Low bar exam results cause some states to consider options

Are Bar Exams a Predictor of Success As a Lawyer?

Bar exams are a right of passage law school students who want to practice law in their state. It takes a lot of discipline and study to pass the exam. It is an indication of one's dedication and diligence. Today, an inordinate number of students score low on their states' bar exam. A score on a test is not a predictor of success in the profession of law. Experience counts. That's why you want a senior attorney handling your criminal case and not an attorney fresh out of law school handling your case.

Last summer's multi-state Bar Exam produced the lowest results in nearly a decade, spurring questions about test reliability and a search for alternatives.

About 80 law deans sought details on how questions were chosen and tests were scored, but the National Conference of Bar Examiners did not provide additional information. The exams were checked and rechecked, and the results were correct. The decline in scores was attributed to a "less able" group of test takers.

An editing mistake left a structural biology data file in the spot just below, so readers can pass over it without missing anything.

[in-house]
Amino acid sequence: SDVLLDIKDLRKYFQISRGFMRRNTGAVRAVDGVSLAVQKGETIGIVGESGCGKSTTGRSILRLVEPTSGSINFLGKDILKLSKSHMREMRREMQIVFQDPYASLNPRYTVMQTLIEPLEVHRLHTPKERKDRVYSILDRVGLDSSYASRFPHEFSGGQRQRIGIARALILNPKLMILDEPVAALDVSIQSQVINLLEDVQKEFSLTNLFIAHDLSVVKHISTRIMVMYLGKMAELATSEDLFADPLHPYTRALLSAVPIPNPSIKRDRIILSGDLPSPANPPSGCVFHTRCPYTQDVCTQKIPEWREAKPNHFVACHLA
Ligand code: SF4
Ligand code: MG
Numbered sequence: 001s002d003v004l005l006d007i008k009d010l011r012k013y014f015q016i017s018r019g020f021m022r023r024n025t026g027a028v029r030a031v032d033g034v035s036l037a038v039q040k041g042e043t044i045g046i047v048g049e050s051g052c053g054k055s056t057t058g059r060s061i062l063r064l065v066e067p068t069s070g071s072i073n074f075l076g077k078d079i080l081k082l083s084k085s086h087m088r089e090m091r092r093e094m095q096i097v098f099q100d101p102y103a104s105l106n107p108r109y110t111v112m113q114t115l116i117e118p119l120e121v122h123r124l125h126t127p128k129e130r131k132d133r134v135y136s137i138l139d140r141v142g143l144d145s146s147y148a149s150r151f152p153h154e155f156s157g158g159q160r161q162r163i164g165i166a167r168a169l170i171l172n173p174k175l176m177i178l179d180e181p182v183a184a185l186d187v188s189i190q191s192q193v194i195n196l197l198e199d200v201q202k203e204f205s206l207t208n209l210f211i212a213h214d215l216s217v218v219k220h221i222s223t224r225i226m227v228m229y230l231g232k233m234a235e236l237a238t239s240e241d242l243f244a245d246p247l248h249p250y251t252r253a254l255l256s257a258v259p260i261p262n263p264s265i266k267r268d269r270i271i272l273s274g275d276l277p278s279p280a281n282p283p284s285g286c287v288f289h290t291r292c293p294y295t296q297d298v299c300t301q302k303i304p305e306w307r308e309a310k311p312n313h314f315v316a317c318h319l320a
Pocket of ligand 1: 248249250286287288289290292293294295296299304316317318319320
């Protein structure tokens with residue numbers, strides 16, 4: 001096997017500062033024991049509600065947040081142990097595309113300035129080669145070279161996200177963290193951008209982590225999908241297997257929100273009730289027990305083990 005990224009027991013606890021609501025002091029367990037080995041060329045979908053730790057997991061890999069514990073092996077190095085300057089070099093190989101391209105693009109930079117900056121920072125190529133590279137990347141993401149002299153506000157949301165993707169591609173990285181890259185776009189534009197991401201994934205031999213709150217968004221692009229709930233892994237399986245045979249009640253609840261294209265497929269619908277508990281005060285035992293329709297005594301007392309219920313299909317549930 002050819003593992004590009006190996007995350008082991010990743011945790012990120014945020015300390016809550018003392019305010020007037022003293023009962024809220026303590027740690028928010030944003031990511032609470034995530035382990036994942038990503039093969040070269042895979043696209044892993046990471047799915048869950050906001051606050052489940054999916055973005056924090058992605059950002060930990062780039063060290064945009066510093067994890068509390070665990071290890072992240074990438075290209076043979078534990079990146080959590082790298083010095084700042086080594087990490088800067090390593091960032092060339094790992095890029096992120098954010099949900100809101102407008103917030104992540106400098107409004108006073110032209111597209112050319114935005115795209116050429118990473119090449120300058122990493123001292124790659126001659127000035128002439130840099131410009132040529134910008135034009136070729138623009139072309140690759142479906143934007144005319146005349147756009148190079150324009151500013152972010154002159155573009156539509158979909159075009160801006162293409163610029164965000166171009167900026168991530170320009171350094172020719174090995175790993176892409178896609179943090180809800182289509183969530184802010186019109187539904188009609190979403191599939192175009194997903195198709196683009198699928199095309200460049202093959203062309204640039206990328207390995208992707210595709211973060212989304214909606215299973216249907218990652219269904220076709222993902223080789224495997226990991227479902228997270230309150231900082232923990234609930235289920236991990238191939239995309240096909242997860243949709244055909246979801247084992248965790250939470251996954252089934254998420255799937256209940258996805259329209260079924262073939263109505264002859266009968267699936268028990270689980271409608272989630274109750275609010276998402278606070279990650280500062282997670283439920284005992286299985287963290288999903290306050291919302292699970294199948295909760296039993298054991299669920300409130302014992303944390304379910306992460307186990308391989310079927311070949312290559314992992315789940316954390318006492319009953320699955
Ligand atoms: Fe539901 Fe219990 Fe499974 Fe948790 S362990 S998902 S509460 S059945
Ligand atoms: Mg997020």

Some states are opting to waive bar exams for graduates law schools. Wisconsin has such a waiver. The state hasn't ruled out other changes, however, including a proposal to allow students to take the exam in their third year of law school, a change that was adopted in Arizona.

And students at the University of New Hampshire School of Law can skip the bar exam if they enter an apprenticeship program and pass a bar examiner review of their oral advocacy and written work.

There are many very good attorneys. There are attorneys who talk a good game. Then, there are attorneys whose clients speak volumes about who he is and the results he's achieved. If you want your criminal case handled in the Richmond, Virginia area by an attorney with 16 years of experiences and a track record of success defending criminal cases, please give me a call at 804-554-3729